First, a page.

Did you miss a time period to dispute your IRP? We may be able to help.

If you received a 90-day driving prohibition in British Columbia for falling or refusing a roadside breathalyzer test, you only had seven days to dispute it. After the seven-day limitation period is up, there is nothing you can do.

Similarly, if you had a hearing scheduled but did not get your submissions in by the hearing date and time, the RoadSafetyBC policies require that you are deemed to have waived your rights to have a hearing.  

However, under a new order granted under the Emergency Program Act in British Columbia, you may be able to get a little relief on those otherwise hard-and-fast deadlines. As of March 26, 2020, if you missed a time limit to dispute your IRP or to submit your materials for an IRP hearing, you can request an extension.

What does this mean for you?

This order would only apply to you if you missed the deadline to dispute or submit evidence in your case on or after March 26, 2020.  

So, if March 26, 2020, was your last day to dispute the prohibition or the date of your review hearing and for some reason, you were not able to make your submissions or file your application for review, you should be able to request an extension.

 How do I request an extension?

You can request an extension yourself, or have a lawyer from our office do it for you. In order to do that, you must make a submission to RoadSafetyBC for an extension of the time frame that applies to you.  

The trick will be identifying just what circumstances require an extension. For example, if you were unable to get witness statements because your witnesses were hospitalized, an extension of the deadline to submit evidence seems logical. But, will RoadSafetyBC accept this as a reason?

If you were not able to file your submissions because you did not have access to a fax machine and ICBC was closed, or you were not able to get there with limitations on public transit… will that be a sufficient reason?  

What about people who are quarantined? Or who are subject to self-isolation. In the circumstances of this pandemic, a person can go from free to subject to a self-isolation order in an instant. Most people cannot plan for this – it just happens all of a sudden. But will the tribunal accept the imposition of these orders as an excuse for not submitting evidence on time?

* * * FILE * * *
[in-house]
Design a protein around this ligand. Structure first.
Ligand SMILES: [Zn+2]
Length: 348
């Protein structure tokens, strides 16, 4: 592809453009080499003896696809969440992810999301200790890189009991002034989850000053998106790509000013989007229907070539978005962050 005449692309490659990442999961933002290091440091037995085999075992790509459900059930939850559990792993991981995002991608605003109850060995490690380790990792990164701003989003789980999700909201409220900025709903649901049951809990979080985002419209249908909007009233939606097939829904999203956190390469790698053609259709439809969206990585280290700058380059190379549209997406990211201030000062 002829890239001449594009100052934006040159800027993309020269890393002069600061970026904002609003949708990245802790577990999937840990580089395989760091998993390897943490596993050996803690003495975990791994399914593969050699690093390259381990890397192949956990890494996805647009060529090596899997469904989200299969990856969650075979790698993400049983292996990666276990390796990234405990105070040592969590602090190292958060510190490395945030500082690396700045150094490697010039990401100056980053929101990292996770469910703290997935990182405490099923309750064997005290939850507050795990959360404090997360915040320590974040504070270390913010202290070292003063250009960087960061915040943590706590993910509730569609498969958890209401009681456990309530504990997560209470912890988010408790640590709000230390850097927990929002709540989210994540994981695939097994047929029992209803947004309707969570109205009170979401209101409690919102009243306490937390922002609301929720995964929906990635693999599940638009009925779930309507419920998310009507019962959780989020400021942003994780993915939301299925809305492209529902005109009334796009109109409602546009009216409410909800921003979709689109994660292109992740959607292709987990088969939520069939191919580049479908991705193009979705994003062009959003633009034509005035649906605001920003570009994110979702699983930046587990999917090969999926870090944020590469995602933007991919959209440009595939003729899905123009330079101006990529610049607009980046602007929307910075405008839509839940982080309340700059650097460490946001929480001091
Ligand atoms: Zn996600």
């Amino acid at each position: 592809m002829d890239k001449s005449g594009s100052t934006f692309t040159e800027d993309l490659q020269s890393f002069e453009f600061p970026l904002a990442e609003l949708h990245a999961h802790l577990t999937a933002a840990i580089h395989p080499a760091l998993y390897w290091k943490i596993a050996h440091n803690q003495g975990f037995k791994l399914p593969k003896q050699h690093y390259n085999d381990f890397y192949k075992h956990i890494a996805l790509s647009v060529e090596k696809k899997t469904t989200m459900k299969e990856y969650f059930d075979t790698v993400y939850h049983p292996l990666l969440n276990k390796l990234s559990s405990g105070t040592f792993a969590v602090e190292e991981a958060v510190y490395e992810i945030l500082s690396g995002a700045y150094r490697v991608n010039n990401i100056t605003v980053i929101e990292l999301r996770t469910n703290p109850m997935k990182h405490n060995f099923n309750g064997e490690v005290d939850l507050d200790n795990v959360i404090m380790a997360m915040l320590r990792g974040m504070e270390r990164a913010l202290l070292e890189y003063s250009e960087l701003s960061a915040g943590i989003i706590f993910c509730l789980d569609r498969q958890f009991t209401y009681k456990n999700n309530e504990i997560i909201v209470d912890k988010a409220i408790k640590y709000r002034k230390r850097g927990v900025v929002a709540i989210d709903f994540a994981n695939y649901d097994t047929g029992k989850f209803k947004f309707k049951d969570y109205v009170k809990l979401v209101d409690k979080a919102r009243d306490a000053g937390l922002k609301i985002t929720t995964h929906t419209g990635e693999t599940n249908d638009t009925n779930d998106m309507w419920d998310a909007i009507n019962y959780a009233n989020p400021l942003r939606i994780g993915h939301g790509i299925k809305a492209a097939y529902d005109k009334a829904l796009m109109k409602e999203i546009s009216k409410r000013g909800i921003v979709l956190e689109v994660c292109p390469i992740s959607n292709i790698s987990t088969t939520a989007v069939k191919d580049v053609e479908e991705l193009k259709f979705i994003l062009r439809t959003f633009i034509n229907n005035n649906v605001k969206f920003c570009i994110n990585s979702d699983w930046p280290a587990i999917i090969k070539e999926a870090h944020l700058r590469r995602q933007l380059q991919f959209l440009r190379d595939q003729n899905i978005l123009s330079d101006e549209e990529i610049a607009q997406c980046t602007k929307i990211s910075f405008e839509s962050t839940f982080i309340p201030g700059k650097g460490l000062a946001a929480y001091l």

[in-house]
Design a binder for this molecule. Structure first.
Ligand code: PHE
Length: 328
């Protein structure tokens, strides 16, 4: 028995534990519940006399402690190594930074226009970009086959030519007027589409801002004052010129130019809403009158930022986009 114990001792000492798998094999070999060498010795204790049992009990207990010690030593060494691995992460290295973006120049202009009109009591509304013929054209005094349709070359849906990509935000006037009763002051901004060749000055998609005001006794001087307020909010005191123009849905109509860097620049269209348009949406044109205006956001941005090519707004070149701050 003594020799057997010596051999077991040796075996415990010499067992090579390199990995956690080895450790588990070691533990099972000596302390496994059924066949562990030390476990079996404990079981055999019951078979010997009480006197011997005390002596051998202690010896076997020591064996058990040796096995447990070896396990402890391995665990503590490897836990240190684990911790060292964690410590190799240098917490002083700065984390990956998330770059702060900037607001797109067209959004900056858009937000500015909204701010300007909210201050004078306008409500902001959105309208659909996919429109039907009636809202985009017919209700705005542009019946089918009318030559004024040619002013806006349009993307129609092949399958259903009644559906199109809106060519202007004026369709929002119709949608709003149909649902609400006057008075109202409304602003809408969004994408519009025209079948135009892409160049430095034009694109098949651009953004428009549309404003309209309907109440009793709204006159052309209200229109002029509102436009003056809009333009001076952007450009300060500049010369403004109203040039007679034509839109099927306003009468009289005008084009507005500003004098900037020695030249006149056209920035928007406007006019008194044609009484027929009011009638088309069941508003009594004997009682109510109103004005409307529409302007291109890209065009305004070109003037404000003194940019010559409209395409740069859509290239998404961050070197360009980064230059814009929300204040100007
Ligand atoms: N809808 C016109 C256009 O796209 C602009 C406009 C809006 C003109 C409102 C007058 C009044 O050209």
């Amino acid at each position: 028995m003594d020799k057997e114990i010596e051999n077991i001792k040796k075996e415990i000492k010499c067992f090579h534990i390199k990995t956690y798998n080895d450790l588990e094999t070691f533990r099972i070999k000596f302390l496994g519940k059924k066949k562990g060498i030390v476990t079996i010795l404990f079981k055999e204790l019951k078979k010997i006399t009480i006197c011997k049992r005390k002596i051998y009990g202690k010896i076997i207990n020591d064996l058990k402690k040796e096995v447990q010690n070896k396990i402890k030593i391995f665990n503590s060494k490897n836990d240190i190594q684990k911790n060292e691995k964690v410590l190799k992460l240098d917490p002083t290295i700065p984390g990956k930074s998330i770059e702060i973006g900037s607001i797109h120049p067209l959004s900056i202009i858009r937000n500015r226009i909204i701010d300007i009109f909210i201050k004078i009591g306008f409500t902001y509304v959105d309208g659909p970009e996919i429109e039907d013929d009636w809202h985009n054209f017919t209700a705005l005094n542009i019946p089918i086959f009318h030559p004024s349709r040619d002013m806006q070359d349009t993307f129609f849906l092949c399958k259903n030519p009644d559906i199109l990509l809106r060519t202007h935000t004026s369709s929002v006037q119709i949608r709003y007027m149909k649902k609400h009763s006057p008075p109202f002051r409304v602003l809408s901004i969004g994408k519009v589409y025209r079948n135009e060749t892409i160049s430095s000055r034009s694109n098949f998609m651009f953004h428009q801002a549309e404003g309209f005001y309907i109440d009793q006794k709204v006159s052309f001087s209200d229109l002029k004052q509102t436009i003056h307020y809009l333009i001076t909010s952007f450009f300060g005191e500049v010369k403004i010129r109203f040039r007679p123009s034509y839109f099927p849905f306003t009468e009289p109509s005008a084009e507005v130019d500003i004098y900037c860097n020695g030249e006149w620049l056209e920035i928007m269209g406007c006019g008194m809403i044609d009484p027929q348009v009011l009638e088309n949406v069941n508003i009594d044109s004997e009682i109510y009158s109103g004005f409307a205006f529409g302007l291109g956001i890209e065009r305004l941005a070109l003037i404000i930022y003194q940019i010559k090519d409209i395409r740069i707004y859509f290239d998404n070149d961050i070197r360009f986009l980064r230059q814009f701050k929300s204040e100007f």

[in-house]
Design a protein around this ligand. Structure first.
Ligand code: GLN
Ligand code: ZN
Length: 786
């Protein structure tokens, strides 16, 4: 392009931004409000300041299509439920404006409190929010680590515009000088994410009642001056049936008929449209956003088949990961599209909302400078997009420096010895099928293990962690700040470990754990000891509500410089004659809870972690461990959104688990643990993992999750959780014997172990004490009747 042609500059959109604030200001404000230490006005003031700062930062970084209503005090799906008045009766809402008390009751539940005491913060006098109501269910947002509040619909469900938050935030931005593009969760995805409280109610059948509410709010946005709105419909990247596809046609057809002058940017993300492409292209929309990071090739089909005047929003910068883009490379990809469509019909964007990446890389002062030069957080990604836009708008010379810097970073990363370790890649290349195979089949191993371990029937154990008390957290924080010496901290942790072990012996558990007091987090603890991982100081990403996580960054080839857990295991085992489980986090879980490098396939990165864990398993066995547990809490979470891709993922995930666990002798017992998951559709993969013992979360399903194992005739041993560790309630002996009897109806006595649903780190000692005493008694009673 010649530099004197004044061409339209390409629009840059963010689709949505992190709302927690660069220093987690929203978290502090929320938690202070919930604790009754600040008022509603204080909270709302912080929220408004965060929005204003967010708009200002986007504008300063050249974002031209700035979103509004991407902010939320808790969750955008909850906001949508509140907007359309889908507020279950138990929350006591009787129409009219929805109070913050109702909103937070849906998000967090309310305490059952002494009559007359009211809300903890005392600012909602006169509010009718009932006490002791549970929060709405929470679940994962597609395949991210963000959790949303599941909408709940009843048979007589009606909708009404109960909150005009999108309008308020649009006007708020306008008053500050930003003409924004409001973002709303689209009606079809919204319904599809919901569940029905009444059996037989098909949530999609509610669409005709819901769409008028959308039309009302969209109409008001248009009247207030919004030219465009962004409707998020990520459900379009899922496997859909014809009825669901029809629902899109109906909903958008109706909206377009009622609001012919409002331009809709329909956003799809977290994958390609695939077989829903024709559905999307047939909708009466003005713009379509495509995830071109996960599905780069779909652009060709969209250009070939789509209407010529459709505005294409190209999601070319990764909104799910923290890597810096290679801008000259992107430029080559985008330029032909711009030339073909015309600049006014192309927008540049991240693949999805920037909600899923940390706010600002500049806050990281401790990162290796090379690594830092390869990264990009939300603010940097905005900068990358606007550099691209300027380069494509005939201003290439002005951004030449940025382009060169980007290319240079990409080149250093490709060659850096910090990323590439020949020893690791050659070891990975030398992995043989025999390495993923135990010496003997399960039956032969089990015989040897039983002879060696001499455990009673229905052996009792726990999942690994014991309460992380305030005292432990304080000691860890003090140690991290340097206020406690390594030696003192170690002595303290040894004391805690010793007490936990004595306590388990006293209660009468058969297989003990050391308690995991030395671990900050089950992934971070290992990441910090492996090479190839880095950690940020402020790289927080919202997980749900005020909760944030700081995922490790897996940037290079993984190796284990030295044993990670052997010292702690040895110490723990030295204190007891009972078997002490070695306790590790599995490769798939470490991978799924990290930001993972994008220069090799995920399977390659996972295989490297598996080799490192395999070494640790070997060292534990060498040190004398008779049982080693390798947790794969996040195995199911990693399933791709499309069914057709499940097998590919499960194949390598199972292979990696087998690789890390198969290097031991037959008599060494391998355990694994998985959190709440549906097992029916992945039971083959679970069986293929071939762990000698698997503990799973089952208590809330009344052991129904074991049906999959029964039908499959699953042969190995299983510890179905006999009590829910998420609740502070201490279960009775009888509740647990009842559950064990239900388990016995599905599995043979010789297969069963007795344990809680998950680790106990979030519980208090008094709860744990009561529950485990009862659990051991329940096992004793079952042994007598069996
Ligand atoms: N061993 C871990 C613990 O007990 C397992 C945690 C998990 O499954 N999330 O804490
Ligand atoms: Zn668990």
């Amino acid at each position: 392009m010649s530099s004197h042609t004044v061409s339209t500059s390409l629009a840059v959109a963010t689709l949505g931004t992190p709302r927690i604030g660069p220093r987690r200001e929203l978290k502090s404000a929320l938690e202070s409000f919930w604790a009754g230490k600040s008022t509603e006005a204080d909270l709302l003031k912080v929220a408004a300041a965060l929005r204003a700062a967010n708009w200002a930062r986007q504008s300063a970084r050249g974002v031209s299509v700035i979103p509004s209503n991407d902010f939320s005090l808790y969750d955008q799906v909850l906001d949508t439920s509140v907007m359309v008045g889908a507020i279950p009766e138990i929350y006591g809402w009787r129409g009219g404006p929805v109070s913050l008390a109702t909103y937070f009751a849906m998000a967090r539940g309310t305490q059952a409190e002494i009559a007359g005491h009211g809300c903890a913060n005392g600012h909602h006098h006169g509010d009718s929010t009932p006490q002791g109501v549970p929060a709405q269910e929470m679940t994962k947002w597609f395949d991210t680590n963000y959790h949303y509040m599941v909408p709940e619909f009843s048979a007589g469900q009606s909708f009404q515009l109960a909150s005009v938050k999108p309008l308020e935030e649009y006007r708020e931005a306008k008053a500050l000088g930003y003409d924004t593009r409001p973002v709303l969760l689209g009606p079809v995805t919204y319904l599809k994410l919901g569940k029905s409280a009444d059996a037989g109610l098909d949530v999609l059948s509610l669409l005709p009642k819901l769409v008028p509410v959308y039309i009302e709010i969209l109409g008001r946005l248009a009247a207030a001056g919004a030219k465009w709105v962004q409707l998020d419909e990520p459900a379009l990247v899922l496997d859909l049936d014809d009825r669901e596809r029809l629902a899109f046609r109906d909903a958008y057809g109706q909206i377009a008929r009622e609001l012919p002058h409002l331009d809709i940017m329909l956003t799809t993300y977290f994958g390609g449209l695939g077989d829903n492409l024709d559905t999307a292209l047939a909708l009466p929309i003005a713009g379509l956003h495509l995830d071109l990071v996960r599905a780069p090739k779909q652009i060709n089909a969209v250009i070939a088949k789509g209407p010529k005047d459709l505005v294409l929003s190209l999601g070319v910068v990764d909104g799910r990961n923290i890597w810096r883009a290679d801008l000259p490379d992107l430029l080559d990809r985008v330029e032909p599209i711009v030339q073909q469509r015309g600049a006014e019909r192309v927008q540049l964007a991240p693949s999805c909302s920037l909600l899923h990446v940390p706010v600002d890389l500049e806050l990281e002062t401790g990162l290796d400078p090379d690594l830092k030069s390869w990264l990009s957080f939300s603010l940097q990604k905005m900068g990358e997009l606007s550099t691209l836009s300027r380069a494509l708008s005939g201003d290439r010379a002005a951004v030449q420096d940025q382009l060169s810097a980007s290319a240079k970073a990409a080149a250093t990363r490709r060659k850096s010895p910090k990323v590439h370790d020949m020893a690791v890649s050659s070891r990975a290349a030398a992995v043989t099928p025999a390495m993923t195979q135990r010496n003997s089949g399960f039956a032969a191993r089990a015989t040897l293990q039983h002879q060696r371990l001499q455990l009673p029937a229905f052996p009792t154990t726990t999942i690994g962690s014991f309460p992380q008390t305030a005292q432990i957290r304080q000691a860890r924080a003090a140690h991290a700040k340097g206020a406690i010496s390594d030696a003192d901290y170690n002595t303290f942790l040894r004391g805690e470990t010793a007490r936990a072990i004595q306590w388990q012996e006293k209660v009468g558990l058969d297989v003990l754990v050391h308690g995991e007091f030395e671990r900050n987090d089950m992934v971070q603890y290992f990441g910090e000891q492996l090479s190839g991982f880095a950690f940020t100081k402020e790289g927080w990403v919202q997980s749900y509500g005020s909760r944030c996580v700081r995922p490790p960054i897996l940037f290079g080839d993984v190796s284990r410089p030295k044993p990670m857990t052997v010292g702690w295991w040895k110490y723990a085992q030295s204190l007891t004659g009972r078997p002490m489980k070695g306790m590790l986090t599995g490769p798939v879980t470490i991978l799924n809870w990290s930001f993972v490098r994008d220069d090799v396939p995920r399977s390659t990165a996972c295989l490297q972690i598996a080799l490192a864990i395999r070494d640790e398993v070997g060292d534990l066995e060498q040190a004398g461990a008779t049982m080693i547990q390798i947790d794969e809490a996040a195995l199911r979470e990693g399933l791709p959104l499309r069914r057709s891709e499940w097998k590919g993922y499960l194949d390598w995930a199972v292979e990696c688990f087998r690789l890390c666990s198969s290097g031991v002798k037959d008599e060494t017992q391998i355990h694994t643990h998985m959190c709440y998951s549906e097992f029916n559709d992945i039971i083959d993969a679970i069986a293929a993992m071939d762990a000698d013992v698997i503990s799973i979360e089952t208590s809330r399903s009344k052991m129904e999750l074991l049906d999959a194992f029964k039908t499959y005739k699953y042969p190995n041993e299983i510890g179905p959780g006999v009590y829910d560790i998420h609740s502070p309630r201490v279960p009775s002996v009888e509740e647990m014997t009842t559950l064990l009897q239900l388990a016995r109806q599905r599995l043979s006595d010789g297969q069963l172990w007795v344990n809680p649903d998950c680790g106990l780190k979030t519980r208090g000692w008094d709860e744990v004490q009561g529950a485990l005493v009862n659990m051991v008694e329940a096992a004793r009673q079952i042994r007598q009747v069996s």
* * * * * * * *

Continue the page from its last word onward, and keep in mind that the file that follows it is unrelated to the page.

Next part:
The closest answer may be found in a very old case, addressing the issue at a time when extensions were allowed. This was a case called Segers v. British Columbia, which stated that extensions may be allowed if five factors were met:

First, the driver had a legitimate intention to dispute the prohibition;

Second, the driver took reasonable and appropriate steps to dispute it;

Third, the driver did not cause the failure to meet a deadline;

Fourth, there is an argument worthy of merit; and

Fifth, the application is brought as soon as practical.

So in order to get an extension, you will likely have to address these factors. This can be difficult to do if you waited until the last minute to try to dispute your prohibition and then were not able to do so. And so you’ll have to explain what you were doing during the days leading up to missing the deadline that prevented you from disputing the prohibition in time.

This is why it is important to hire a lawyer to help bring these applications, as opposed to going it alone.  

But, no matter what, right now there is a glimmer of hope for anyone who missed the seven-day time limit to dispute the IRP or who failed to submit their evidence and arguments on time. And given how significant the consequences of an IRP are, it makes sense to pursue any opportunity available to you to dispute it while you still can.

This order won’t last forever. It will automatically be rescinded when the state of emergency declared in BC has ended. This means if you want to act, you need to act fast. You can reach me here

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